Analysis: Mervyn King and the Quangos

It sounds like a rock band, but it is more like a clanger. In light of this afternoon’s Comprehensive Spending Review, Mervyn King and the Quangos would make a suitable subtitle for the second main paragraph of the Bank of England governor’s speech yesterday in the Black Country, one of the hearts of the Industrial Revolution.

King praised the efforts of quango British Waterways in regenerating Britain’s canal network after its deindustrialisation, as authorities try to revive manufacturing exports at the expense of services and the public sector.

Unfortunately, according to Google’s archive of public sector body reforms, British Waterways is one of the quangos due to be abolished as part of the government’s spending cuts.

According to King: “At its peak, there were 5,000 miles of canals in Britain. Of course, the importance of canals as the arteries of industry later declined and by the late 1960s only 2,775 miles were navigable. But the regeneration of urban communities, and the efforts of British Waterways, have reversed this decline.

“The number of miles is now increasing. Last year, 13 million people visited our canals and the number of boats is actually higher now than during the Industrial Revolution. Such examples are important because our economy faces the prospect of change again. After an unprecedented financial crisis and deep recession, the UK economy needs to rebalance.” (article continues below)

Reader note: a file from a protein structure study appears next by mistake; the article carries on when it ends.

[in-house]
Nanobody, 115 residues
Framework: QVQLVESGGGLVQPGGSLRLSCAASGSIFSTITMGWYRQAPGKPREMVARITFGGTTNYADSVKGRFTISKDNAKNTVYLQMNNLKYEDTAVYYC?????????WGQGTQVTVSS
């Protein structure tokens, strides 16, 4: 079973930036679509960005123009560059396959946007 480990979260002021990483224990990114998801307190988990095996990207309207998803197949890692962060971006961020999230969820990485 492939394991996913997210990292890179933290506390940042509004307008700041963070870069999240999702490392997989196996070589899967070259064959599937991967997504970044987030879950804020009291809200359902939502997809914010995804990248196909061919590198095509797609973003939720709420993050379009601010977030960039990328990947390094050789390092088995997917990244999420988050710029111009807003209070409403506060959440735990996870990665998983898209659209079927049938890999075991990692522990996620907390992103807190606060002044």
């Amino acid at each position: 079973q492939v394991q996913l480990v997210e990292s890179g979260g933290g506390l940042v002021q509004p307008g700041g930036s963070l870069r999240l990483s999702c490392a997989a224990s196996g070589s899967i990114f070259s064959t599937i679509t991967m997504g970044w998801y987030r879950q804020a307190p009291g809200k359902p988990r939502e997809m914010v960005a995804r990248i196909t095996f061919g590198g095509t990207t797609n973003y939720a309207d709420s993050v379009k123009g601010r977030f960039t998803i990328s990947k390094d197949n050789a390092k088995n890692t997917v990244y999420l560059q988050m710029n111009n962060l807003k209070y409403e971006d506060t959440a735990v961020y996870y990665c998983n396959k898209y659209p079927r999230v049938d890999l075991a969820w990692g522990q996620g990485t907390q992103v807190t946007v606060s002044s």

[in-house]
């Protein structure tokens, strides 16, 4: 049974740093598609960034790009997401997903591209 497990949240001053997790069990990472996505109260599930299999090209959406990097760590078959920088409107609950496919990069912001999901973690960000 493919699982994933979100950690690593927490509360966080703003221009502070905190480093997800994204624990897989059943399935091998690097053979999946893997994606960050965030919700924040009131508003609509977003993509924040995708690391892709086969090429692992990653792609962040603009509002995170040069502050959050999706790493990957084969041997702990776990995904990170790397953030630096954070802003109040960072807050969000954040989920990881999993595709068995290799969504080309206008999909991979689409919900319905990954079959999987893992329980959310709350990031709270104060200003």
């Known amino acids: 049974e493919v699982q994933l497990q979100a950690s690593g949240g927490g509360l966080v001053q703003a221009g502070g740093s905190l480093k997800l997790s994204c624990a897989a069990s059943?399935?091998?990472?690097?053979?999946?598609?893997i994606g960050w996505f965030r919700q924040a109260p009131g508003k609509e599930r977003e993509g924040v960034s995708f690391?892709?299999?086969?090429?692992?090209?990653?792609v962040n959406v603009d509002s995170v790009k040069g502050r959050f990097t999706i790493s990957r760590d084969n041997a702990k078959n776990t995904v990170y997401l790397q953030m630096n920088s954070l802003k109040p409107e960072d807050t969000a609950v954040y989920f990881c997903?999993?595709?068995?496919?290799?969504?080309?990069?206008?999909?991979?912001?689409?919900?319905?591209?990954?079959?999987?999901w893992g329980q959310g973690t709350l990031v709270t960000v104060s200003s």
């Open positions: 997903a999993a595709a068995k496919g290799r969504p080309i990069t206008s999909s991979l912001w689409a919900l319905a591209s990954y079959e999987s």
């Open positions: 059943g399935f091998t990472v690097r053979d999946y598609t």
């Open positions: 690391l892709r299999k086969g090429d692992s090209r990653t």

However, the state is now due to abolish British Waterways as a public corporation in England and Wales, only to resurrect it as a charity – a “National Trust” for waterways.

“The government is not embarking on a round of deregulation to encourage new entrants into ailing sectors”

The episode illustrates an inconvenient truth for British authorities: at a time when they are trying to cut or reshape public spending and replace it with cash from the private sector, they are also ordering a costly overhaul state-sponsored areas which have traditionally stimulated private demand.

One frequently cited example of this is the abolition of the UK Film Council, which has typically pulled in large sums for British film from the private sector.

By abolishing such quangos altogether or replacing them with charities, or philanthropy, authorities will hardly encourage investment on an American scale in response, as the necessary tax write-offs on donations do not exist in this country.

Moreover, the government is not embarking on a round of deregulation to encourage new entrants into ailing sectors.

This is particularly crucial in infrastructure-heavy areas like waterways, which  often require large doses of capital expenditure.

Investors may thank King for highlighting authorities’ predicament so graphically, even if he may have only done it by accident.